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Fire triggers pollution concerns at US Steel coke plant

By MICHAEL RUBINKAM

Associated Press

The second fire in six months at U.S. Steel’s massive coke plant outside Pittsburgh knocked a key pollution control system offline Monday, triggering a health warning as officials monitored the air around the plant for signs of a release of toxic sulfur dioxide.

The Allegheny County Health Department threatened to shut down the plant unless U.S. Steel acts quickly to fix its damaged equipment. A Christmas Eve fire in the same area of the plant caused $40 million in damage and significant releases of sulfur dioxide, a pungent byproduct of fossil fuel combustion that can make it hard to breathe.

Health officials have levied more than $2 million in fines against U.S. Steel since June 2018 over persistent emissions problems at the coke works, the largest facility of its kind in the United States. The plant in Clairton turns coal into coke, a raw ingredient in the steelmaking process.

“There is clear evidence that the problems at this plant have not been resolved and this plant cannot operate under control,” said Matt Mehalik, executive director of the Breathe Project, an environmental group.

U.S. Steel did not immediately comment on the health department’s late-afternoon emergency order.

While the Dec. 24 fire triggered significant releases of sulfur dioxide, health officials said Monday that monitoring equipment had not detected a similar spike from latest blaze. Nevertheless, the elderly, parents of children and people with respiratory conditions “should be aware of the potential for elevated levels of (sulfur dioxide),” the health department said in a statement.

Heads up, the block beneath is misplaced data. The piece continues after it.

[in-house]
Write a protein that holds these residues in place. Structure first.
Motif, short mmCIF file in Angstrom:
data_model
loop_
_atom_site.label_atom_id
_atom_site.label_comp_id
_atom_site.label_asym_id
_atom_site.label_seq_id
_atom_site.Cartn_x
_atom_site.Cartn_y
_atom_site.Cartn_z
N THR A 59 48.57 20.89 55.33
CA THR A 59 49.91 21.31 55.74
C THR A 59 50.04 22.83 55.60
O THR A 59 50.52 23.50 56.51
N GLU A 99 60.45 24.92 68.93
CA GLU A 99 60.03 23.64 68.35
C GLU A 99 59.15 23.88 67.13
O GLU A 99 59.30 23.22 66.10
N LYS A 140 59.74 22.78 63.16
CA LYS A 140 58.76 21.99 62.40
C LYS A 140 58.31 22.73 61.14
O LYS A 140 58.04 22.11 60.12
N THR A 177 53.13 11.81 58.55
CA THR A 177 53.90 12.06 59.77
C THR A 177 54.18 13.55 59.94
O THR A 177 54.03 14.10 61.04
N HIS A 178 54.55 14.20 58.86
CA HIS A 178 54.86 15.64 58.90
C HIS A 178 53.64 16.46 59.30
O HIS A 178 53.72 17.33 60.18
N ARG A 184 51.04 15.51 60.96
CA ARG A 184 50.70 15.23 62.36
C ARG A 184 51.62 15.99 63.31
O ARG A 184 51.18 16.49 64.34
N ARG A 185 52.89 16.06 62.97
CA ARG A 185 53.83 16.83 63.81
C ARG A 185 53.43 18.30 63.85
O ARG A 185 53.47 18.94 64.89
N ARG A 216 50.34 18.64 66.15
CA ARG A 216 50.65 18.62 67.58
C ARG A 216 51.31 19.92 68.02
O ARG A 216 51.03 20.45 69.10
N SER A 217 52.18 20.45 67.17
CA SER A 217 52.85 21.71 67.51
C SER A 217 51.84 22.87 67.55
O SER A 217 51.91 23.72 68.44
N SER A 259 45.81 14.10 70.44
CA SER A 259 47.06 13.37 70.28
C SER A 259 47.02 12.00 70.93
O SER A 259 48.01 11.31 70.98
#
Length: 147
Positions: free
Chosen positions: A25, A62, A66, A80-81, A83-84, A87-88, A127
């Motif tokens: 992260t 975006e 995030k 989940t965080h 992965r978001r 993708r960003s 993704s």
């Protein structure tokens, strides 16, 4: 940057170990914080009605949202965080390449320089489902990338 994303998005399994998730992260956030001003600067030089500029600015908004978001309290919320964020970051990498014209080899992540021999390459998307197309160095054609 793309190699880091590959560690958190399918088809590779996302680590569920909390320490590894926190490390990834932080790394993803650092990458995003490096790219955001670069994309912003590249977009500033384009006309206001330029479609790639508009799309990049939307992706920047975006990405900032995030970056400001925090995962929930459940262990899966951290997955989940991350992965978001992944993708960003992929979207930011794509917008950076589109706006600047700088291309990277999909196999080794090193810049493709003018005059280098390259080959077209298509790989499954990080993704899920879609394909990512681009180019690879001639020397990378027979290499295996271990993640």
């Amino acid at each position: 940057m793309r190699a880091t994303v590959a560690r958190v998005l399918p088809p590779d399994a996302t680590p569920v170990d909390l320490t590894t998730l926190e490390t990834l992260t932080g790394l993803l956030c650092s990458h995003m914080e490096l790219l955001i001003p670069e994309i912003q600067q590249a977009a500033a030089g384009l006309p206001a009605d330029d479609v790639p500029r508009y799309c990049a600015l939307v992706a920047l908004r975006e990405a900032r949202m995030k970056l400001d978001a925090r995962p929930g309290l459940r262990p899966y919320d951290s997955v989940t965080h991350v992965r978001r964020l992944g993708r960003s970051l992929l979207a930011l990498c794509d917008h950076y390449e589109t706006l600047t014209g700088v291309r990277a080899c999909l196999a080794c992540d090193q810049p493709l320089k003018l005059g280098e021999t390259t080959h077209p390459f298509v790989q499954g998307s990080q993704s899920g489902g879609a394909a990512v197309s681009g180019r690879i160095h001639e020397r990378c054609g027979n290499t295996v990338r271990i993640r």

U.S. Steel said a small fire in an electrical panel around 4:30 a.m. caused three control rooms to lose power. Though power was restored in one control room, the others remained without electricity Monday afternoon. Those facilities house equipment used to remove sulfur dioxide from coke oven gases. The company could not immediately say when the desulfurization unit would be operational again, but said in a statement earlier Monday that it was taking steps to “mitigate environmental impacts.”

The Pittsburgh-based steelmaker is continuing to deal with significant regulatory and legal fallout from the Dec. 24 fire at Clairton.